FEATURED: Rob Gallagher on reactionary digital politics (Part 2)

Digital Media from Political Hero to Political Villain

By Rob Gallagher

Not so long ago, there was widespread optimism about the political potential of social media. These technologies were going to widen democratic participation, foster informed debate, and promote trust and transparency - or so the thinking went. During the so-called ‘Arab Spring’ of 2011 many commentators hailed the use of Twitter and Facebook to coordinate protests against authoritarian regimes as proof that ‘Web 2.0’ technologies were inherently liberating, democratising and empowering. Today, however, it’s fair to say opinions have shifted, with many observers concluding that social media platforms have had a catastrophically corrosive effect on politics. So how did this dramatic shift in opinion come about?

As I mentioned in my previous post, I spent much of the 2010s working with Ego-Media, a European Research Council project investigating new forms of digital self-expression. When our research got underway in 2014 whistleblower Edward Snowden had recently leaked proof that the US and UK governments were using the internet to spy on their citizens. Around the same time, the #GamerGate movement began using social media to harass and abuse feminists and ‘social justice warriors’. In many ways these stories feel like they set the tone for what would follow. By the time Ego-Media concluded in October 2019, techno-utopian rhetoric given way to suspicion and hostility, pessimism and paranoia. To talk about digital politics was to talk about trolls and bots, polarisation and populism, filter bubbles and fake news.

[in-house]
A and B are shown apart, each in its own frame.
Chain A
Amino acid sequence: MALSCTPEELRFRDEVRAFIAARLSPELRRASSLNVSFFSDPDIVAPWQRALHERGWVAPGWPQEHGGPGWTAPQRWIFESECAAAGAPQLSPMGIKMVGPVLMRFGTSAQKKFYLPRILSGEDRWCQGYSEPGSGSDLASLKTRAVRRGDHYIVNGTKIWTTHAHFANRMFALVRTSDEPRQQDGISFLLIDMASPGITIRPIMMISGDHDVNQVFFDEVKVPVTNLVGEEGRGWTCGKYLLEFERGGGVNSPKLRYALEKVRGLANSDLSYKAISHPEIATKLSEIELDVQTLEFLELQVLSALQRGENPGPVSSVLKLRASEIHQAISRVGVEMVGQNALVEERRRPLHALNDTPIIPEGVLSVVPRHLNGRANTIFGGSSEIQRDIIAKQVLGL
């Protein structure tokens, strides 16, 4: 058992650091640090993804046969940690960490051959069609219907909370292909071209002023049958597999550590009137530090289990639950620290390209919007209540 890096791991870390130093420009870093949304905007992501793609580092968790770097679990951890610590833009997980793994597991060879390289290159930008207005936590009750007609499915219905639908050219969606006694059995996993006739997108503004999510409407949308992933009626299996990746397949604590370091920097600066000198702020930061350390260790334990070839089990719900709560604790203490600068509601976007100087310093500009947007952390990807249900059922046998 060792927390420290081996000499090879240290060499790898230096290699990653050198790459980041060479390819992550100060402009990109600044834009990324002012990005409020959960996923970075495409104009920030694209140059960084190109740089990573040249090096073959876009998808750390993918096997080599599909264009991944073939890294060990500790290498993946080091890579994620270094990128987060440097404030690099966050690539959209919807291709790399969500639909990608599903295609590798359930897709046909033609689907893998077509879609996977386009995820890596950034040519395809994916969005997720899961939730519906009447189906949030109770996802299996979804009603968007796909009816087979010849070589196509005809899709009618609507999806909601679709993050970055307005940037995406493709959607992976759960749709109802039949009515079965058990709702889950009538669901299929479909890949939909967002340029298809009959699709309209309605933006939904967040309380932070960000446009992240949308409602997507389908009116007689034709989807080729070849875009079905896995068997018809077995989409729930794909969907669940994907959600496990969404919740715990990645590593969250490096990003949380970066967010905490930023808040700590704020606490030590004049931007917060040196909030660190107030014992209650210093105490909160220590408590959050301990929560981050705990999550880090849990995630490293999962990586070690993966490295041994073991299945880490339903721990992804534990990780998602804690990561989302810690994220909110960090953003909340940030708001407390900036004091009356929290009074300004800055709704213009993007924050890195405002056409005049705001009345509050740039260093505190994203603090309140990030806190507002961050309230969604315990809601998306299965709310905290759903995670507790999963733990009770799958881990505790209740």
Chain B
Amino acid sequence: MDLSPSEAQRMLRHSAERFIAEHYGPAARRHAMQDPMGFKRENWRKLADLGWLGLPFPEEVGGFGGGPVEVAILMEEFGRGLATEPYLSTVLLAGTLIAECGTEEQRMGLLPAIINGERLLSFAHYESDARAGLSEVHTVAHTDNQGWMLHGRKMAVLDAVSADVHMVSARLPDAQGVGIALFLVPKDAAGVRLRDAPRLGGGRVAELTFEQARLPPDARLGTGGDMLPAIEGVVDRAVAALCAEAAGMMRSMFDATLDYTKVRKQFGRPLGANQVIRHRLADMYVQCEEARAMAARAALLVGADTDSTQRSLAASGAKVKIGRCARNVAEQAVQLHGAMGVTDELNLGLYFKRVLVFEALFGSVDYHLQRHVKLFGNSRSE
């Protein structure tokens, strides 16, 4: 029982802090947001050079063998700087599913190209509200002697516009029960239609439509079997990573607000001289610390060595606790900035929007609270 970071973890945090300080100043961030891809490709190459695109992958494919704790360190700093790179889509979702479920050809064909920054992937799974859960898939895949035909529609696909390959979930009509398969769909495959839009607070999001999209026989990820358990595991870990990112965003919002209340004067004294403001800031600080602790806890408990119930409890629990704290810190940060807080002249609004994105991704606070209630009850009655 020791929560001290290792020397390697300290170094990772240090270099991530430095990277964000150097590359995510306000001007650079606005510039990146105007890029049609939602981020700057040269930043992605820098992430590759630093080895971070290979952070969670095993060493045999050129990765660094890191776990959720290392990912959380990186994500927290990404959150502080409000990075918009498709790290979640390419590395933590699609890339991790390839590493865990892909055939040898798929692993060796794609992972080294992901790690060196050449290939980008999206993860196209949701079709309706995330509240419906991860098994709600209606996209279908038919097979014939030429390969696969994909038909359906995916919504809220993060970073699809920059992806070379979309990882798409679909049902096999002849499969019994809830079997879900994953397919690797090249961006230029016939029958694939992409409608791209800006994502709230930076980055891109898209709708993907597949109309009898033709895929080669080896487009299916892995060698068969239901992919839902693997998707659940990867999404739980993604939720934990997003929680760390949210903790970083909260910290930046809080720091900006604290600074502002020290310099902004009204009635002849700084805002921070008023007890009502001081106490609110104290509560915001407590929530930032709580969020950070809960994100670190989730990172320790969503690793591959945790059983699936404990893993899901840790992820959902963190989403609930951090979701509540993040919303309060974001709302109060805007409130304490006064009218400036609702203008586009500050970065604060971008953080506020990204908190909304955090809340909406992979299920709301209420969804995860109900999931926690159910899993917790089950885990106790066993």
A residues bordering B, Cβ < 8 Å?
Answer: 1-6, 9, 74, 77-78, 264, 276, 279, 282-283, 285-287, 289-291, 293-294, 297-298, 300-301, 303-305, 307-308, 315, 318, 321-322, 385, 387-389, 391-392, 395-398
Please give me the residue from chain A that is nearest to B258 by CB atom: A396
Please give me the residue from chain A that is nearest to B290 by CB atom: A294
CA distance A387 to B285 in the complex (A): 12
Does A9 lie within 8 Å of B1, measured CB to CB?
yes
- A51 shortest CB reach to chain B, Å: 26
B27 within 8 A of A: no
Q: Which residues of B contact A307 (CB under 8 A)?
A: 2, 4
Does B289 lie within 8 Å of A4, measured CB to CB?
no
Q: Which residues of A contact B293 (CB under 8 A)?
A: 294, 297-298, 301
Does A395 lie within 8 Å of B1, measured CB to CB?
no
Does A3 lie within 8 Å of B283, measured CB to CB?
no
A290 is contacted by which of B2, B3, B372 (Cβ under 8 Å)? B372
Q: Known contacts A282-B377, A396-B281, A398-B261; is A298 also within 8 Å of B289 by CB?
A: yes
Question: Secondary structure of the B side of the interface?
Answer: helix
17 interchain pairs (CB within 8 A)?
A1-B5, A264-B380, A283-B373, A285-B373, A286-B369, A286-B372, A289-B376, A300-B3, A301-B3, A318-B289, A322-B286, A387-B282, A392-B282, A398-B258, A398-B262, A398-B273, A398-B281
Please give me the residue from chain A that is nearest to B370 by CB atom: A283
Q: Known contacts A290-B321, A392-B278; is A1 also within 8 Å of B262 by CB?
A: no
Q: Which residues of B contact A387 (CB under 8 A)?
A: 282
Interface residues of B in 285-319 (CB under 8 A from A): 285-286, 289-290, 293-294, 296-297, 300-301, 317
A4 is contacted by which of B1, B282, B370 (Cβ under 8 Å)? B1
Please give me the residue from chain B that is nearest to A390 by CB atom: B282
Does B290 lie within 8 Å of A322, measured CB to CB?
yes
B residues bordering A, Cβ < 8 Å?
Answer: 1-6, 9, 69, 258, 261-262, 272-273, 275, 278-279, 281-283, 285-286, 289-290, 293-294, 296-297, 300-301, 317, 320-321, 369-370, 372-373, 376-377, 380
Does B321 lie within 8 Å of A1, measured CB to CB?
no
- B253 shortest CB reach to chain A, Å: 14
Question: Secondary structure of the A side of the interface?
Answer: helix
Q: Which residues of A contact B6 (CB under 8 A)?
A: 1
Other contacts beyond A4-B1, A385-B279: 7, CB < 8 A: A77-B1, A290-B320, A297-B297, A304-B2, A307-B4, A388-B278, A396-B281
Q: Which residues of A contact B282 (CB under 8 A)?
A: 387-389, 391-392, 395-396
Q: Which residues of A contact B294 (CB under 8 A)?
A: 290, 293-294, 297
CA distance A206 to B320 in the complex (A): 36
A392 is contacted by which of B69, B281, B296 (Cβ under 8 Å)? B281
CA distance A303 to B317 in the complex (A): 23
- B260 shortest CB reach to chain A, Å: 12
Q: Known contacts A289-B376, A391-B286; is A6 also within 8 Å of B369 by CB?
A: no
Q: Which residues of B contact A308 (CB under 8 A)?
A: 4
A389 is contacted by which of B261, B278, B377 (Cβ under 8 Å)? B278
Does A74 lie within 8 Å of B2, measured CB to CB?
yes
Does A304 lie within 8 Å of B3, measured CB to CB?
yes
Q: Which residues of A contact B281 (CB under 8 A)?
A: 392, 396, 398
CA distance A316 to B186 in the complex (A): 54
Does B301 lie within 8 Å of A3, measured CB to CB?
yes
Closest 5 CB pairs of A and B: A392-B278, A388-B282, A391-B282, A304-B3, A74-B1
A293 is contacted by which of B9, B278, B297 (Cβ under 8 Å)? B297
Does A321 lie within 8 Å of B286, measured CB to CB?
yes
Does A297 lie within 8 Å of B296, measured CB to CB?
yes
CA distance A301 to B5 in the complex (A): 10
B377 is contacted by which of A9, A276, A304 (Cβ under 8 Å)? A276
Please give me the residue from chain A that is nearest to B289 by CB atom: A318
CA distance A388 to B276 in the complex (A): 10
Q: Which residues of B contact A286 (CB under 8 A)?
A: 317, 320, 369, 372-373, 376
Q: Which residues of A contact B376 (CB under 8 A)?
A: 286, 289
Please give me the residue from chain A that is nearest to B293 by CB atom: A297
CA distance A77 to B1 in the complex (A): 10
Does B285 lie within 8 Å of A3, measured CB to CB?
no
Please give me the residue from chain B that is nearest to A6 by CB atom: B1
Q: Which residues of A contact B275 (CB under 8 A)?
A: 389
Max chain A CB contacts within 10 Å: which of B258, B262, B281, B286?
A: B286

These are some of the topics we address in Reactionary Digital Politics, the podcast which I helped to create with my colleagues Alan Finlayson and Rob Topinka while working on the research project Political Ideology, Rhetoric and Aesthetics in the Twenty-First Century: The Case of the 'Alt-Right.' In my next post I’ll say more about the project’s origins, its research and what we cover on the podcast.

Image: Untitled by Rob Gallagher